Alfred Einstein said, “Not everything that counts can be counted, and not everything that can be counted counts.”
Far too often, leadership deals with the bottom-line mentality. What we measure is important, but the value of influence, cultivating character development, or meditative prayer cannot be measured. Yet, they are life changing.
We may have multiplied thousands of dollars invested, but what is it really worth? We may have many people sitting in the pews, but are they spiritually mature? We may spend hours reading the Bible, but do we apply it properly?
Our leadership may not always be measured, but it should count for something.
We often develop relationships because we believe there is a payoff down the road. Samuel Johnson wrote, “The true measure of a man is how he treats someone who can do him absolutely no good.”
Our leadership gains momentum if we learn to avoid favoritism, develop consistency, fairness, and the highest level of integrity.
Why is this important? Because God shows no partiality. He does not look at the color of our skin, nationality in our passport, age, gender, or the amount of physical prosperity. He simply examines the heart of each person. Do we?
Family Feud, a popular game show over the years, hosts the famous line, “Survey Says…”
Contestants work to provide answers to questions that are nearest the most popular answers given by people who were surveyed.
We may never participate in a game show like this, yet we need to constantly survey our lives. As we near the end of 2017, this evaluation is even more critical.
When we consider the nature of our influence within our homes, what would the survey say is the priority of our life?
When we examine our character on the job, what would the survey say about the quality of our work ethic?
When we look at our worldview, what would the survey say about the consistency of what we believe and practice?
When we take into account our outreach to others, what would the survey say about the “type” of people we seek to influence?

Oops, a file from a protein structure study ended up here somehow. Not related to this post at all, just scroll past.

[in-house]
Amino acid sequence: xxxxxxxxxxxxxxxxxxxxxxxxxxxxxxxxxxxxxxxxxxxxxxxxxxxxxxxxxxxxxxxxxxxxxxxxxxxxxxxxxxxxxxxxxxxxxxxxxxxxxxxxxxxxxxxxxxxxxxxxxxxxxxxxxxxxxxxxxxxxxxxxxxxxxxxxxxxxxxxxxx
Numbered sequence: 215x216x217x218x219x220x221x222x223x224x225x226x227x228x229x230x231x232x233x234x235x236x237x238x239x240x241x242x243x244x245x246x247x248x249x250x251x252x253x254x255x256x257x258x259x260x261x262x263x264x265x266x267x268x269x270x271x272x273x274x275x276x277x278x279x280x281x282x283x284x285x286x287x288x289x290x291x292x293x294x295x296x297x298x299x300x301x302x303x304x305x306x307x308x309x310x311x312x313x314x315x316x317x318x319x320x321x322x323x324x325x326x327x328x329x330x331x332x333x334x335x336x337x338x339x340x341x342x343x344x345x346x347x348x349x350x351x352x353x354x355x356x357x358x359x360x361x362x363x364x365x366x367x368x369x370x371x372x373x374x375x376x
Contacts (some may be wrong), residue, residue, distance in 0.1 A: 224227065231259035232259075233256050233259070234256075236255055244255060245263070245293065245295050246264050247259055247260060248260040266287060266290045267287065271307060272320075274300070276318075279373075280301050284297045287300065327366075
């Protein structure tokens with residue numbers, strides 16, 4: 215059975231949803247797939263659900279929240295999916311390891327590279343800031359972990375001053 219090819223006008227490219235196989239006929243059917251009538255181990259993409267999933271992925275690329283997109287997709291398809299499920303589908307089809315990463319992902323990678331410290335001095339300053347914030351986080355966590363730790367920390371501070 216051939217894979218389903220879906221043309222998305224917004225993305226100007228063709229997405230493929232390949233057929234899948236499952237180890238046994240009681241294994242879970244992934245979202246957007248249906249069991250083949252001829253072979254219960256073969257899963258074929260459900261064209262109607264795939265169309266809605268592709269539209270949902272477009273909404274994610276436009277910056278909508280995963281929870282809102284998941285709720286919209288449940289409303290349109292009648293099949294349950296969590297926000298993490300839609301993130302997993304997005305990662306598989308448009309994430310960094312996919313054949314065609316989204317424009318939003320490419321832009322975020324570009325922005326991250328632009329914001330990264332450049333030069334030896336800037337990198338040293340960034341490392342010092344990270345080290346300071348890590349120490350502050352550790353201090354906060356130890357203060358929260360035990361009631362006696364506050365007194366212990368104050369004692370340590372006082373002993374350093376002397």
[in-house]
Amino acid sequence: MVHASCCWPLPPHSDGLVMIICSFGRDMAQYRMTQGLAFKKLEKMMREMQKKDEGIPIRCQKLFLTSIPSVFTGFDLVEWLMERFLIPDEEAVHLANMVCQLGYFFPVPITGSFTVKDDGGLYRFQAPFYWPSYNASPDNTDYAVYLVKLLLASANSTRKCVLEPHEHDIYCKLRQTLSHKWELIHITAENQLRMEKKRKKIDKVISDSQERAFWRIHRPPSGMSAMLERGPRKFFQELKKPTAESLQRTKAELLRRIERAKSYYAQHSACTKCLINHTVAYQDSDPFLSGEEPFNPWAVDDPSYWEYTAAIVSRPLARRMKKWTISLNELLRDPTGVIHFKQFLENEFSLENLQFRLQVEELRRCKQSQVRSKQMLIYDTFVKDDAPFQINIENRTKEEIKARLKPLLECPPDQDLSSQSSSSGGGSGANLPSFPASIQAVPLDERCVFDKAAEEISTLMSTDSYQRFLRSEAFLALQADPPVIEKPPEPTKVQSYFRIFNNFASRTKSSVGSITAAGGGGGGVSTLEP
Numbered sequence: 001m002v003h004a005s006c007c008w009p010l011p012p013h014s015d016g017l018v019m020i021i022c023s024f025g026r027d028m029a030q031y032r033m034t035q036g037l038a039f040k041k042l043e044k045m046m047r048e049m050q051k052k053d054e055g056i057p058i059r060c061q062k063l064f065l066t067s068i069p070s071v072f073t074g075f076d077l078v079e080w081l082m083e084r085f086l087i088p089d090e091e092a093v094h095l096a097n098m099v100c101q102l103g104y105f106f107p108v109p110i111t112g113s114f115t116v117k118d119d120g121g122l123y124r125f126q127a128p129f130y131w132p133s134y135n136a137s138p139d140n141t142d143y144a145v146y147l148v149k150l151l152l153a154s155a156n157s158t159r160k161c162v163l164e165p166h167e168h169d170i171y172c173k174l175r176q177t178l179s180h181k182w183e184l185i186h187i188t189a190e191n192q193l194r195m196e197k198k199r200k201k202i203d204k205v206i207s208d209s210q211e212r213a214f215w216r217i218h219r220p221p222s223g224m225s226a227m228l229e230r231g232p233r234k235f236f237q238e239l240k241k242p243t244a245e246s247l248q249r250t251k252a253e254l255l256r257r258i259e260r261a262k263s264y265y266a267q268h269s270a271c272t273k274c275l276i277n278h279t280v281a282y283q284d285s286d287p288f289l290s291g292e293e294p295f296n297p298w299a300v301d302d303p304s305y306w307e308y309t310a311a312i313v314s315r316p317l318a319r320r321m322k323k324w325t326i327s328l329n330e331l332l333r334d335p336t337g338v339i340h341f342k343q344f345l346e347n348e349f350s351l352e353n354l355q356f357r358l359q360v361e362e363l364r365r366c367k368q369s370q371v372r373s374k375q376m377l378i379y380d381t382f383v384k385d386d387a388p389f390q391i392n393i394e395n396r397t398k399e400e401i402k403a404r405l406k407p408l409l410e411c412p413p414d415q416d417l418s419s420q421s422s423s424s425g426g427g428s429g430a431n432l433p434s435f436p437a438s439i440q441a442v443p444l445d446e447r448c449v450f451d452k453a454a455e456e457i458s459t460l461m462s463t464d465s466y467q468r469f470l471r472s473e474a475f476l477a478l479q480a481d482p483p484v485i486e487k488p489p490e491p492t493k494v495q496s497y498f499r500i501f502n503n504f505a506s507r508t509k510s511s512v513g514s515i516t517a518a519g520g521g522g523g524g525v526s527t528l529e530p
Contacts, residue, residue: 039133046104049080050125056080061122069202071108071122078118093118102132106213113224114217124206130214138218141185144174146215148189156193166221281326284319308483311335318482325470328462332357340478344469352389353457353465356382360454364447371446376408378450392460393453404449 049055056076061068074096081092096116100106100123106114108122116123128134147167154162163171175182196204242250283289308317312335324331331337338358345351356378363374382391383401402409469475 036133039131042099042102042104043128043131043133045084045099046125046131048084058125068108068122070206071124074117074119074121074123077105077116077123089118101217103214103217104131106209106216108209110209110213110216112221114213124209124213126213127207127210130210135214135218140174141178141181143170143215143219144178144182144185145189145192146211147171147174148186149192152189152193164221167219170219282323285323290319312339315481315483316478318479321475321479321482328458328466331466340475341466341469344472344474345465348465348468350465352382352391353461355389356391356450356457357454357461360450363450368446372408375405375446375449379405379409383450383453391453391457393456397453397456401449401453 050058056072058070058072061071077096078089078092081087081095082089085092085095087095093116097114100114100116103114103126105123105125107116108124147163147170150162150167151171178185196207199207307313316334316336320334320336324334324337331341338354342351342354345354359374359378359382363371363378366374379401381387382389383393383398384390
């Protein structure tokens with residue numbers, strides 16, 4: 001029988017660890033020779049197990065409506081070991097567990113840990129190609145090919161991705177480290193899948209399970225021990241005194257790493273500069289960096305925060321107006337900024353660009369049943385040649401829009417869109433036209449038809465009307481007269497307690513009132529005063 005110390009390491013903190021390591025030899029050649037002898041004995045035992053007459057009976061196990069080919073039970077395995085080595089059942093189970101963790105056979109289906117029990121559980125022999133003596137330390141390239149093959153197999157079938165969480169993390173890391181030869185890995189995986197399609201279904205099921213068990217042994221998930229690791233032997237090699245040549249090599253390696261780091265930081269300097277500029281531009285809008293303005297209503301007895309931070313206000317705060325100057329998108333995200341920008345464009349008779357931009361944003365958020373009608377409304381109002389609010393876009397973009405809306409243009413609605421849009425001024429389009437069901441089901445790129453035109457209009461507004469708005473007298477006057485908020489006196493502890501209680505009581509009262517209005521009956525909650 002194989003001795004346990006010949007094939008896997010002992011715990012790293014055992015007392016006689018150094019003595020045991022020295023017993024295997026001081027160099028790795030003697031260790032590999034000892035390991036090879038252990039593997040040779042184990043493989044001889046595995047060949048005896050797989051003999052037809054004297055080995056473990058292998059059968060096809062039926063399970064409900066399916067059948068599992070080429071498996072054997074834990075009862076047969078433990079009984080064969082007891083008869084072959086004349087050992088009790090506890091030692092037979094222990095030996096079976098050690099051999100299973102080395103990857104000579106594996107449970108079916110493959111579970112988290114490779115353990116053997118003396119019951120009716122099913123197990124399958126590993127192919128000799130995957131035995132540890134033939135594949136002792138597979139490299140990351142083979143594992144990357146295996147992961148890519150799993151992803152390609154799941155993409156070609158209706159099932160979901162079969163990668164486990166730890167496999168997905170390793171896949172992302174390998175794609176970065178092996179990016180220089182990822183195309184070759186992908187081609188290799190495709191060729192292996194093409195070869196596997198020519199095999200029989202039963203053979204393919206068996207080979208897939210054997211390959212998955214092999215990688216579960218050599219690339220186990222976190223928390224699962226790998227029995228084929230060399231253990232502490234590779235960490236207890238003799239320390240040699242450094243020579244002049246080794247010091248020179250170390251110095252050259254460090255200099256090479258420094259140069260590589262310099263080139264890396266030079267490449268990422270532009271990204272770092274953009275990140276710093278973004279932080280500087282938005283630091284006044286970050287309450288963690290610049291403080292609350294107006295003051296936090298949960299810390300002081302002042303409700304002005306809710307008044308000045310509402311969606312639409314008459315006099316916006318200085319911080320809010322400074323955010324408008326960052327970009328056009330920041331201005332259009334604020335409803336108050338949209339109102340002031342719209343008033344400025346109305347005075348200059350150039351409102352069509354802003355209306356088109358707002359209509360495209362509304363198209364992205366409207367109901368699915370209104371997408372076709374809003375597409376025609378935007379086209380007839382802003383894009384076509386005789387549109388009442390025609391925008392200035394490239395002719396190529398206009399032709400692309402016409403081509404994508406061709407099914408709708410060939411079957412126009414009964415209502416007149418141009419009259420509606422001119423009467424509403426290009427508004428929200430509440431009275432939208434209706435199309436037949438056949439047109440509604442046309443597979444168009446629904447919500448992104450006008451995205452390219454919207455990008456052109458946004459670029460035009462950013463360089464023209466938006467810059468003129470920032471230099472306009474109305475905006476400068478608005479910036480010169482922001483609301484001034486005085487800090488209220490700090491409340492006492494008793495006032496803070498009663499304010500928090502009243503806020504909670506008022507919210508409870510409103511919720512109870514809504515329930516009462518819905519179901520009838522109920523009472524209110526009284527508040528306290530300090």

The list of questions could go on. We need to understand the value of surveying every area of life and measuring how we live by the example provided in Jesus.
Adhering to that standard supports positive survey results.
“If you want to see the true measure of a man, watch how he treats his inferiors, not his equals.” J. K. Rowling
The study of leadership will always carry powerful principles and a bit of subjectivity when dealing with others. The various styles of leadership continue to find value depending on the setting, situation, individual, and the followers.
When looking for a way to measure the true success of someone’s leadership, Rowling’s thought provides us with at least one way to determine the strength of a leader.
We would all like to think that the conduct of a leader is the same with everyone, but in reality it is just not that way. Often, the treatment of others depends on factors such as agenda, character, purpose, worldview, and more.
Therefore, if we want to determine the type of leader we want to follow, or if we want to become the type of leader others want to follow, then begin with an examination of the way others are treated who might be considered inferiors. Here is where we see the true character of an individual.
Scripture speaks to the idea of measuring devices and the need for measuring. We also find references to the consequences of measuring ourselves by others.
As much as we may fight doing so, we are drawn to the competitive mindset of wondering or considering how well we do / did with the performance of someone else.
Students compare grades, employees compare paychecks, managers compare productivity, and the list goes on.
Leadership should never be about measuring our grade, paycheck, productivity, or anything else with others who are leading.
Instead, we need to find the right standard by which we measure ourselves, along with our goals, plans, and results. The standard referred to here is the example of Jesus and the word provided through the divinely guided work of the Holy Spirit.
When we evaluate who we are and what we do and measure it by the right standard, we find areas where constant improvement is needed.
These areas make up our attitude, character development, words, and actions. Aligning with the right standard increases the level of influence our leadership has in the lives of everyone around us.